I pull the sleeping bag over my head and turn my back to Alexander. As he leaves the tent I listen to the radio for the rest of the day. On talk radio, they talk about how much damage the rainstorm has done on landslides and flooding of cities and towns. It is estimated that there is going to be 68 hours of rain. I don’t feel that content anymore in my cozy and warm tent. I don’t know why I had to react so irritable to Alexander, and I’m not even tired! I’ve had enough rest. The rain can stop now. But the weather gods pay no attention to my silent prayer.

Alexander Gannet fishing from the rocks

Alexander comes back to the tent, a big smile on his face and happy with his achievement. Proudly, he raises a big Pollock above his head.
 ‘How on earth are we going to prepare fish. You have to cook it outside!’ I bark at him. So much for a warm welcome home for the heroic fisherman and his catch.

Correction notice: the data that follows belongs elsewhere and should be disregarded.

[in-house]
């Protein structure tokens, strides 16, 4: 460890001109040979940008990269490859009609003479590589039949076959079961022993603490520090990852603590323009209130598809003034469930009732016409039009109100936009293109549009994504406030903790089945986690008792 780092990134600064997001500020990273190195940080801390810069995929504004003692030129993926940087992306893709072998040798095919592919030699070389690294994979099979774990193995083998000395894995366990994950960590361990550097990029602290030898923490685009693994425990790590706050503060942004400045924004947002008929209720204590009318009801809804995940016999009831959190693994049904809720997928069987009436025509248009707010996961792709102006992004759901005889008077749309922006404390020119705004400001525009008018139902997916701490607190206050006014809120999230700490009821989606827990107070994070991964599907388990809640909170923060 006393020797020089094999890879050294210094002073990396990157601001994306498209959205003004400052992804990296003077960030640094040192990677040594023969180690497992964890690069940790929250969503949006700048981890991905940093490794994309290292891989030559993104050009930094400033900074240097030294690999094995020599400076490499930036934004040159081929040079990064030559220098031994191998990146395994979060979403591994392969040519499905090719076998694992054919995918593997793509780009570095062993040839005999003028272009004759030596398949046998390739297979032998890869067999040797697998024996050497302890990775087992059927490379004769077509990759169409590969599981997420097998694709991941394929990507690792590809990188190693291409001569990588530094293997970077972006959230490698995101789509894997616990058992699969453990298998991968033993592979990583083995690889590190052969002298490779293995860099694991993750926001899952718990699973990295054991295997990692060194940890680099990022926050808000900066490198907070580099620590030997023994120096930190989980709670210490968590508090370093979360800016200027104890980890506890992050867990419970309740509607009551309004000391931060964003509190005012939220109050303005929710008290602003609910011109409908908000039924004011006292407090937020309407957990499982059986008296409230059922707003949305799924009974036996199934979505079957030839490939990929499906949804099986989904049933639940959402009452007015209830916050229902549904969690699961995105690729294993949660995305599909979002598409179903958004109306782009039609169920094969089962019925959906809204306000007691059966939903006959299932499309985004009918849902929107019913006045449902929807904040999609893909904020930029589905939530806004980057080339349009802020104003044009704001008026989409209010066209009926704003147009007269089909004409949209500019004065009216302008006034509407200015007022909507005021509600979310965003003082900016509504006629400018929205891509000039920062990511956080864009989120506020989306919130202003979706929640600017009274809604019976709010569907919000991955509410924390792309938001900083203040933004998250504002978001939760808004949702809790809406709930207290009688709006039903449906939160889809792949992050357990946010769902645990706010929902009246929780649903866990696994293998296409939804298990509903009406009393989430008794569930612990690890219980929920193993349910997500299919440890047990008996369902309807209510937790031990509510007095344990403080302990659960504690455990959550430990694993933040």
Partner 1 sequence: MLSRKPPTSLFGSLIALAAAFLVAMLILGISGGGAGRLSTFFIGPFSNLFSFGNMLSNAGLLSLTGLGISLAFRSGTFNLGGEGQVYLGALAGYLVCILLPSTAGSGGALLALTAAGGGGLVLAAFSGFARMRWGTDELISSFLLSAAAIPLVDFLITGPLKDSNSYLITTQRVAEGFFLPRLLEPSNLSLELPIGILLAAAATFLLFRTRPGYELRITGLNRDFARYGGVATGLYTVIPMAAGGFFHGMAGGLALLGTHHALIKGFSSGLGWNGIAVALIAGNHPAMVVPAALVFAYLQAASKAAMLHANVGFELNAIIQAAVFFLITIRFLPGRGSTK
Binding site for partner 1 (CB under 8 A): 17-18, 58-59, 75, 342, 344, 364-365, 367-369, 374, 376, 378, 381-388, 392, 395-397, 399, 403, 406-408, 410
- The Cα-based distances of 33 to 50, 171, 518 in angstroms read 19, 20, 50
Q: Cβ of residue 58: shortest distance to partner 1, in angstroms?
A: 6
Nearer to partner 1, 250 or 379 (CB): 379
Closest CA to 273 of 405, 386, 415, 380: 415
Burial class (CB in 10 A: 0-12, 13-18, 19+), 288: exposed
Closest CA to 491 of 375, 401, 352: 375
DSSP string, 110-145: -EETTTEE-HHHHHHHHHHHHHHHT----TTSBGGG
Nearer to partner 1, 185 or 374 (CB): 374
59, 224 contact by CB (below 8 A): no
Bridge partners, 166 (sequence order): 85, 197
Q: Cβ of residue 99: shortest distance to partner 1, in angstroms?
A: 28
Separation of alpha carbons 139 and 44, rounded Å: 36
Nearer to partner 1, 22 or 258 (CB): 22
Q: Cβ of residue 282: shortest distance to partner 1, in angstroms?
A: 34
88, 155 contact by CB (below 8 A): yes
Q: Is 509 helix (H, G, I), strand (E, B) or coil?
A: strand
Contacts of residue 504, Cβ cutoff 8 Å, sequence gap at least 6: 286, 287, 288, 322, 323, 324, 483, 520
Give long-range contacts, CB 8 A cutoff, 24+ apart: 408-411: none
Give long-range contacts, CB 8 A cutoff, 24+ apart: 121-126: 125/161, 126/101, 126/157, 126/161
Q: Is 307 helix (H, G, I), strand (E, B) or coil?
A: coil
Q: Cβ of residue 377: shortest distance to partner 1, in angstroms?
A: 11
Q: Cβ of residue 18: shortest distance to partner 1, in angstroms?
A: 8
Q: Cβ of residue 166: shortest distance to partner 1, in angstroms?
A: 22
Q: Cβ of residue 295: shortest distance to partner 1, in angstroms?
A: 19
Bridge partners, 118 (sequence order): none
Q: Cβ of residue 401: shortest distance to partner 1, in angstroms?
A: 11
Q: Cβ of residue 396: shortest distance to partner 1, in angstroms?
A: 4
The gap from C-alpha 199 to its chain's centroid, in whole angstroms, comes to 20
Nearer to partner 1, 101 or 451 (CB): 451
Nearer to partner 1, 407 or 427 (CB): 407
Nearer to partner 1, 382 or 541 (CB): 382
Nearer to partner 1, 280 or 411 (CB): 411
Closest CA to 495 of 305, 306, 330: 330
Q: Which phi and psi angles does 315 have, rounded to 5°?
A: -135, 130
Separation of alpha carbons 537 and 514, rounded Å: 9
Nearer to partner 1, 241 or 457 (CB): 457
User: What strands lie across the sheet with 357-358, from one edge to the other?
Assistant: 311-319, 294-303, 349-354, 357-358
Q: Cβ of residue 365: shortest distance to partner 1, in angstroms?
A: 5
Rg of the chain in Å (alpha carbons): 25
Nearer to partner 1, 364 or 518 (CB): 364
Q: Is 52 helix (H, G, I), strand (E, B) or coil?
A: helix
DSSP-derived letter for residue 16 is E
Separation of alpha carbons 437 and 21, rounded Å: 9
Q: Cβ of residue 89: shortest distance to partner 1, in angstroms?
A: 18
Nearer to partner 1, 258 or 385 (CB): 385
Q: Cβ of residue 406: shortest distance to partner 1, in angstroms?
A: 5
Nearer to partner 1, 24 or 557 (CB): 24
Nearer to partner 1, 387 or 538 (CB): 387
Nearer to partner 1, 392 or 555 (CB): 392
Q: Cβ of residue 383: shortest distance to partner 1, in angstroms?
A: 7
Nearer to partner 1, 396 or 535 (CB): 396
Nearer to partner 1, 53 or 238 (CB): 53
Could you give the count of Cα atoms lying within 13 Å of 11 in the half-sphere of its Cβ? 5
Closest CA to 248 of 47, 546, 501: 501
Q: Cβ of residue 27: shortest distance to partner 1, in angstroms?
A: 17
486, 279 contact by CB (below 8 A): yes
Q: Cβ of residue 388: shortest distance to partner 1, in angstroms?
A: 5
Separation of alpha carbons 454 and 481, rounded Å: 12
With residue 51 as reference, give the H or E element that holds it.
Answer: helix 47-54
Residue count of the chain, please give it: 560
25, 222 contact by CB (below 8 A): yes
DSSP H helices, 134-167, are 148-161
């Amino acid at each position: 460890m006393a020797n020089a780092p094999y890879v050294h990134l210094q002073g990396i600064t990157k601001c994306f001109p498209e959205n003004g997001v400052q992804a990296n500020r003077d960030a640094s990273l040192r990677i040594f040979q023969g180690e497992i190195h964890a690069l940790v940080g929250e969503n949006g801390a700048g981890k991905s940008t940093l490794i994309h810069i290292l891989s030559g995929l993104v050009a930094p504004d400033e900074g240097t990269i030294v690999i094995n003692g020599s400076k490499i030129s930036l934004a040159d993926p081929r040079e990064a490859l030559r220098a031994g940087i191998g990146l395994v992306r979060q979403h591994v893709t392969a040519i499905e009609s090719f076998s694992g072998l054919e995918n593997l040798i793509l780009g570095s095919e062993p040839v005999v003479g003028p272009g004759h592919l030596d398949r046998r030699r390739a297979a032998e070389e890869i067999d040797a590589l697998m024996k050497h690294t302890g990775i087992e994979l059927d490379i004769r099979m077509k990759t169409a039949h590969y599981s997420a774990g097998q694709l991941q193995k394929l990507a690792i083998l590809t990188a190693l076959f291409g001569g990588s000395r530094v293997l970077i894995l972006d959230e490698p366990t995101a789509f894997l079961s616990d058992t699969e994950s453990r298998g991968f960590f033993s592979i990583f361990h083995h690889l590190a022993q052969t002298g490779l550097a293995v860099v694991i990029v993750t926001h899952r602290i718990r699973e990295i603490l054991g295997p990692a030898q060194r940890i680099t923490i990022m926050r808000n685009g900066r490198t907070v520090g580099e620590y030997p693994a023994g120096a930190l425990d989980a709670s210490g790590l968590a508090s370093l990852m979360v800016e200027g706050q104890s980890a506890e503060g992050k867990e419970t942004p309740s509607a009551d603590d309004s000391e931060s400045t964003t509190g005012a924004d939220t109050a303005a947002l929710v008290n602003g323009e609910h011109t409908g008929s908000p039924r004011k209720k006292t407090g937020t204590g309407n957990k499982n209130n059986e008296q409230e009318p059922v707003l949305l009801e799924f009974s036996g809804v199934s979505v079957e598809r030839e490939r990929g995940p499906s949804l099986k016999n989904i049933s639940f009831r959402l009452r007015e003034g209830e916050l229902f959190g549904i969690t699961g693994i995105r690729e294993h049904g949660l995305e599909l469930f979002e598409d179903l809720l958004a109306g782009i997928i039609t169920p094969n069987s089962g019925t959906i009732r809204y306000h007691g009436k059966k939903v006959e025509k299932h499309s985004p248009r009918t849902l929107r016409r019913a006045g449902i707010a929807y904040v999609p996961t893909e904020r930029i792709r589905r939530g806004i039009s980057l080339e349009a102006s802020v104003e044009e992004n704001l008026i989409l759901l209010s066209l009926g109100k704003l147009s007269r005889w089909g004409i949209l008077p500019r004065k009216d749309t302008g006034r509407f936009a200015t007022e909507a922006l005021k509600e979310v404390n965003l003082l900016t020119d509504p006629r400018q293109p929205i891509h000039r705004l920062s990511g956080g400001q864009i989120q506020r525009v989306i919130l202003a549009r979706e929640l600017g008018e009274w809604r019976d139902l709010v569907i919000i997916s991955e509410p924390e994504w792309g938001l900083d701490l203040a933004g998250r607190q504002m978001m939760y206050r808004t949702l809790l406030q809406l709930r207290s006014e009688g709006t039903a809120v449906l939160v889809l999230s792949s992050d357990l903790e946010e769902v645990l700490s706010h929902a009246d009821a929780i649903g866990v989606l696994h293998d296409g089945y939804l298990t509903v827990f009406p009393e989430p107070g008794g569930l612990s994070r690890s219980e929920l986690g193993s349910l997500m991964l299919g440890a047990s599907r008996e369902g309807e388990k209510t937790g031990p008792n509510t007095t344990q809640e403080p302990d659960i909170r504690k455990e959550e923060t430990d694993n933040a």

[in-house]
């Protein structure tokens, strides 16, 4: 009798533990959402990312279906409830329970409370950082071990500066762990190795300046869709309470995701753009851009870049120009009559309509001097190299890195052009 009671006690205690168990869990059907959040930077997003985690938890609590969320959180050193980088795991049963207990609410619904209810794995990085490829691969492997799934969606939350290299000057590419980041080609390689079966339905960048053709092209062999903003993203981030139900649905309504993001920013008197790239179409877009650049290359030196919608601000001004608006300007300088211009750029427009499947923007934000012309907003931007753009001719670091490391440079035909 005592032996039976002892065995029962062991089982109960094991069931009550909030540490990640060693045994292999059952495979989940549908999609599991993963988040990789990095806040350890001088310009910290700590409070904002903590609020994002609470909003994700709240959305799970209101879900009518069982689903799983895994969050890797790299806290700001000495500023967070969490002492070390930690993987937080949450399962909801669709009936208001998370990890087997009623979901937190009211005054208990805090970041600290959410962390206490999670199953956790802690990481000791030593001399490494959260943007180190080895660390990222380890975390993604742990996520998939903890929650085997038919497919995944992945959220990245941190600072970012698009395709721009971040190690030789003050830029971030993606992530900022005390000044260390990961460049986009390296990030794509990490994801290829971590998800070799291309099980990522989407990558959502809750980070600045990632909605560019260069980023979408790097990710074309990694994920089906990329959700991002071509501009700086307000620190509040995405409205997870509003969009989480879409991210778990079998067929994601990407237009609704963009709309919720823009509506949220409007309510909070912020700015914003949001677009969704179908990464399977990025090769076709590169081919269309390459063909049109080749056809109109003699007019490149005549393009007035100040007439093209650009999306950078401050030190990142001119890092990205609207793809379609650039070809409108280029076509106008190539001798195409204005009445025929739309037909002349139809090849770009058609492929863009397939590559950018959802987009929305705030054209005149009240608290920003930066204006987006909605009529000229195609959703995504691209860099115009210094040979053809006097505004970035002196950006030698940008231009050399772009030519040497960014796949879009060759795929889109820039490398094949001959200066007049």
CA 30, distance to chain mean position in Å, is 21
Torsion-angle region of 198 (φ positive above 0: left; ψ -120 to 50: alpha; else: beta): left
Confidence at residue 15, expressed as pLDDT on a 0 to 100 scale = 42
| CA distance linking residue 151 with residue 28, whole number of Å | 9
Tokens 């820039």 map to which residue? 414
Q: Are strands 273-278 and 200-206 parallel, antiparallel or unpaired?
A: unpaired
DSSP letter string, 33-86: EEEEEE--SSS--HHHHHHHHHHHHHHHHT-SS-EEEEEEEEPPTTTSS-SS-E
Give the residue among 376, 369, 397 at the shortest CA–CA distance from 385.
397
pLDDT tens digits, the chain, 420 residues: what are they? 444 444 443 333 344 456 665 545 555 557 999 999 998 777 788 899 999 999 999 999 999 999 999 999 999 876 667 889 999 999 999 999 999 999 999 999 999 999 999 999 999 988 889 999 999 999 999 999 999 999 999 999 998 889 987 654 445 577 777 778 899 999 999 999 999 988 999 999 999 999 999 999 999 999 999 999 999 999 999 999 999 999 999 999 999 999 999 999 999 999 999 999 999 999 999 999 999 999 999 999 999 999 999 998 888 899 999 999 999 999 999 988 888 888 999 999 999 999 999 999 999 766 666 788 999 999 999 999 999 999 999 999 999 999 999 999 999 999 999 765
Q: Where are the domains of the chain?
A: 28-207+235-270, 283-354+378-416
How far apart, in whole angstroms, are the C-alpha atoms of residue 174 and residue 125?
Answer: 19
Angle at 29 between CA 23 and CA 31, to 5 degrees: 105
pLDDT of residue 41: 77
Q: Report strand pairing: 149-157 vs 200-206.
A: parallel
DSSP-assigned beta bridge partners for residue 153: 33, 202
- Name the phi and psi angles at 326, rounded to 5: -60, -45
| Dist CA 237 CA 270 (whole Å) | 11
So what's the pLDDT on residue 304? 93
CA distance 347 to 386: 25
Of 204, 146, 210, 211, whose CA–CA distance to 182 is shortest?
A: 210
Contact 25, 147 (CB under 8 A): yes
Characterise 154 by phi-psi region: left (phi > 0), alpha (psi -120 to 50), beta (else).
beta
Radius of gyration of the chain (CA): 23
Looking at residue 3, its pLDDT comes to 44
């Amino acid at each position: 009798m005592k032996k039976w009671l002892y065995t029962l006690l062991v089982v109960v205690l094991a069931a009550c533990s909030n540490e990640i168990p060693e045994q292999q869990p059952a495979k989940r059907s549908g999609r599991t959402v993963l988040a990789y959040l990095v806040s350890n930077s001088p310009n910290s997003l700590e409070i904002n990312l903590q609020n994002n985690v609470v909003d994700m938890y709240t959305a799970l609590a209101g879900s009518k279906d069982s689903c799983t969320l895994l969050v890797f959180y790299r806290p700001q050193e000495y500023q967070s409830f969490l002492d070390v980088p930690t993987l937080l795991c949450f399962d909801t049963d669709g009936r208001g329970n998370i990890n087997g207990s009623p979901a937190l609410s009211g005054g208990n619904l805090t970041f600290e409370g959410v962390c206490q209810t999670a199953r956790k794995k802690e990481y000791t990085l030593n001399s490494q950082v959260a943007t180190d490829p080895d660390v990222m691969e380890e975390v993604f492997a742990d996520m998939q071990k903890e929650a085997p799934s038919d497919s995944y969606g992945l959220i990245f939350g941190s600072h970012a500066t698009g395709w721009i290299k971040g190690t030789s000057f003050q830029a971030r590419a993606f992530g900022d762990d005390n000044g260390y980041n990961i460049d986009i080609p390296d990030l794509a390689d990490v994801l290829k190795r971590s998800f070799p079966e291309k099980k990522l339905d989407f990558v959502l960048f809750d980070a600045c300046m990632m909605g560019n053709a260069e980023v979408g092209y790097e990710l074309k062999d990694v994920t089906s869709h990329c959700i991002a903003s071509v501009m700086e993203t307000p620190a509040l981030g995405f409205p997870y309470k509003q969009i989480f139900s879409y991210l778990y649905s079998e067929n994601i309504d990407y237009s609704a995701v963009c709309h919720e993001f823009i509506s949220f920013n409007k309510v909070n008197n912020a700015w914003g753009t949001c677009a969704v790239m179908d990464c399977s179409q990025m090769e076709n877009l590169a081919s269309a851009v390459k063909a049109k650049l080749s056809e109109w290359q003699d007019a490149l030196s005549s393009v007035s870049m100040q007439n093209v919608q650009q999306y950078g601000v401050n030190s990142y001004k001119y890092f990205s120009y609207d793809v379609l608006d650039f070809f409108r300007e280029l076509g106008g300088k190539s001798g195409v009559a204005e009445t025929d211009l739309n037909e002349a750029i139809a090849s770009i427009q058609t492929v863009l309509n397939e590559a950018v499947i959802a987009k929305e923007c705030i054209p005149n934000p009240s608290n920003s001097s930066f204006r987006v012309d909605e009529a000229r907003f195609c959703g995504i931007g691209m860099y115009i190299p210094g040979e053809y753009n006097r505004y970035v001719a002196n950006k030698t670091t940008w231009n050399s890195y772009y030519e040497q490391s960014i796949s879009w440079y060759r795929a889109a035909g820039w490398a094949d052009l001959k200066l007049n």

‘You need to come out of the tent and help me put up the tarp’, Alexander barks back, disappointed by my reaction.
Raging en raving, while I put my clothes on and step into my rain gear.
 ‘Happy now?’ I snap as I come out of the tent.
We put up the tarp and start to cook the fish. It is a big fish, and Alexander really puts an effort in to make nice large bone-free fillets, just the way I like it. The big slices of fish are coated with Indian herbs, the tangy taste warms me up. It is actually really nice, but I am not going to admit that, I am way too grumpy.
 ‘Can I go back in the tent?’ Provocatively, I put my hands on my hips and look at Alexander.
 ‘Pffff, yes, please!’ Alexander replies annoyed.
I take off all rain clothes and complain loudly about how wet my trousers and shoes are.
Alexander comes in about an hour later. Silent we drink some cider.

Day three

After a very uncomfortable night, it is hard to sleep when you are used to so much activity, I wake up to hear the rain still coming down on the tent.